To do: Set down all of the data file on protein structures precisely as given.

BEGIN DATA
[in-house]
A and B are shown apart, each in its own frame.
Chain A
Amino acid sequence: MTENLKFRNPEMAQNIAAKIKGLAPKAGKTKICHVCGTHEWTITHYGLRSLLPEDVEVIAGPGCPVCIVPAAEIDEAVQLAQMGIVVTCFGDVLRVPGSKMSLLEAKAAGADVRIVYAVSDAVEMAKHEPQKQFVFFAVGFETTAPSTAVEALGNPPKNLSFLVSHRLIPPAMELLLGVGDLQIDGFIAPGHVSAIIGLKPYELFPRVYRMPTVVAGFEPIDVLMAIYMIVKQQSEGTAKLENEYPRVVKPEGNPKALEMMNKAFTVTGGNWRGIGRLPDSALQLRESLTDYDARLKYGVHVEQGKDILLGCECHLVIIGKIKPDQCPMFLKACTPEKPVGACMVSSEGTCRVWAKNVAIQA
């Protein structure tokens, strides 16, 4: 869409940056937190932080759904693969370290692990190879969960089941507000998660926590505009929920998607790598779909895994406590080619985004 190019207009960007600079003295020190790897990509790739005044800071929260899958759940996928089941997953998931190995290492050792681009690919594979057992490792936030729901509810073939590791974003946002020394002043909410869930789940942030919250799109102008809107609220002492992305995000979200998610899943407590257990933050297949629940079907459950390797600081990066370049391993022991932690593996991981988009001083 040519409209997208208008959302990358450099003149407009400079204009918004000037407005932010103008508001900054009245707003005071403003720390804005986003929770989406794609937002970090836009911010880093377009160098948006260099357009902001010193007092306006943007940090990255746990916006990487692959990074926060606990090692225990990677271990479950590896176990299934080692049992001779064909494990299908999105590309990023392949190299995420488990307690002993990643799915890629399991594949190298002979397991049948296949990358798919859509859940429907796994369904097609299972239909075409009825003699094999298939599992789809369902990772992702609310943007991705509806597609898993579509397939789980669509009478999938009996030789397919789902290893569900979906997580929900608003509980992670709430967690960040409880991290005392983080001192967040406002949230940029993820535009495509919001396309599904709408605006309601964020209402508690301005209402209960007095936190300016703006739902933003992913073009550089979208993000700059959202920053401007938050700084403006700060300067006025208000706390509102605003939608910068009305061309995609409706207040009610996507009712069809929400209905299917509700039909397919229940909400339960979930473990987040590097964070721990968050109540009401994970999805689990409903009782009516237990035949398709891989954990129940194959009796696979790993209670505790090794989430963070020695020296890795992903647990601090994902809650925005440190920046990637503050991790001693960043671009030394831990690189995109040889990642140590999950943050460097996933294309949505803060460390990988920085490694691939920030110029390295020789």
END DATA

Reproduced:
[in-house]
A and B are shown apart, each in its own frame.
Chain A
Amino acid sequence: MTENLKFRNPEMAQNIAAKIKGLAPKAGKTKICHVCGTHEWTITHYGLRSLLPEDVEVIAGPGCPVCIVPAAEIDEAVQLAQMGIVVTCFGDVLRVPGSKMSLLEAKAAGADVRIVYAVSDAVEMAKHEPQKQFVFFAVGFETTAPSTAVEALGNPPKNLSFLVSHRLIPPAMELLLGVGDLQIDGFIAPGHVSAIIGLKPYELFPRVYRMPTVVAGFEPIDVLMAIYMIVKQQSEGTAKLENEYPRVVKPEGNPKALEMMNKAFTVTGGNWRGIGRLPDSALQLRESLTDYDARLKYGVHVEQGKDILLGCECHLVIIGKIKPDQCPMFLKACTPEKPVGACMVSSEGTCRVWAKNVAIQA
């Protein structure tokens, strides 16, 4: 869409940056937190932080759904693969370290692990190879969960089941507000998660926590505009929920998607790598779909895994406590080619985004 190019207009960007600079003295020190790897990509790739005044800071929260899958759940996928089941997953998931190995290492050792681009690919594979057992490792936030729901509810073939590791974003946002020394002043909410869930789940942030919250799109102008809107609220002492992305995000979200998610899943407590257990933050297949629940079907459950390797600081990066370049391993022991932690593996991981988009001083 040519409209997208208008959302990358450099003149407009400079204009918004000037407005932010103008508001900054009245707003005071403003720390804005986003929770989406794609937002970090836009911010880093377009160098948006260099357009902001010193007092306006943007940090990255746990916006990487692959990074926060606990090692225990990677271990479950590896176990299934080692049992001779064909494990299908999105590309990023392949190299995420488990307690002993990643799915890629399991594949190298002979397991049948296949990358798919859509859940429907796994369904097609299972239909075409009825003699094999298939599992789809369902990772992702609310943007991705509806597609898993579509397939789980669509009478999938009996030789397919789902290893569900979906997580929900608003509980992670709430967690960040409880991290005392983080001192967040406002949230940029993820535009495509919001396309599904709408605006309601964020209402508690301005209402209960007095936190300016703006739902933003992913073009550089979208993000700059959202920053401007938050700084403006700060300067006025208000706390509102605003939608910068009305061309995609409706207040009610996507009712069809929400209905299917509700039909397919229940909400339960979930473990987040590097964070721990968050109540009401994970999805689990409903009782009516237990035949398709891989954990129940194959009796696979790993209670505790090794989430963070020695020296890795992903647990601090994902809650925005440190920046990637503050991790001693960043671009030394831990690189995109040889990642140590999950943050460097996933294309949505803060460390990988920085490694691939920030110029390295020789």